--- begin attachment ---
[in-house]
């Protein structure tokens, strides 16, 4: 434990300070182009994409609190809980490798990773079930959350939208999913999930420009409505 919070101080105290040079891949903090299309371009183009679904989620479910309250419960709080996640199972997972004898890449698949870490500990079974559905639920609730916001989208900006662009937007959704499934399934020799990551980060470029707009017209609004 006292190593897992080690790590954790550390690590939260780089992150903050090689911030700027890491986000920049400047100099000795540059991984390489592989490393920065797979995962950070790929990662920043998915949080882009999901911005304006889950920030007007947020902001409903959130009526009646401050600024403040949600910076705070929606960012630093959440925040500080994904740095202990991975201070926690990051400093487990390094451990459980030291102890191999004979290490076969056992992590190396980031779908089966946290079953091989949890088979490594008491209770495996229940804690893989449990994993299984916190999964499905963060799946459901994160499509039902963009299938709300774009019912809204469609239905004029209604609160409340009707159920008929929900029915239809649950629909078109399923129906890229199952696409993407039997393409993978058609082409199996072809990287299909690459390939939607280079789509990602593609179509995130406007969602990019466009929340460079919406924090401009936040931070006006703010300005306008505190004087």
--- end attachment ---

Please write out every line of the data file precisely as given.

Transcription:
[in-house]
């Protein structure tokens, strides 16, 4: 434990300070182009994409609190809980490798990773079930959350939208999913999930420009409505 919070101080105290040079891949903090299309371009183009679904989620479910309250419960709080996640199972997972004898890449698949870490500990079974559905639920609730916001989208900006662009937007959704499934399934020799990551980060470029707009017209609004 006292190593897992080690790590954790550390690590939260780089992150903050090689911030700027890491986000920049400047100099000795540059991984390489592989490393920065797979995962950070790929990662920043998915949080882009999901911005304006889950920030007007947020902001409903959130009526009646401050600024403040949600910076705070929606960012630093959440925040500080994904740095202990991975201070926690990051400093487990390094451990459980030291102890191999004979290490076969056992992590190396980031779908089966946290079953091989949890088979490594008491209770495996229940804690893989449990994993299984916190999964499905963060799946459901994160499509039902963009299938709300774009019912809204469609239905004029209604609160409340009707159920008929929900029915239809649950629909078109399923129906890229199952696409993407039997393409993978058609082409199996072809990287299909690459390939939607280079789509990602593609179509995130406007969602990019466009929340460079919406924090401009936040931070006006703010300005306008505190004087």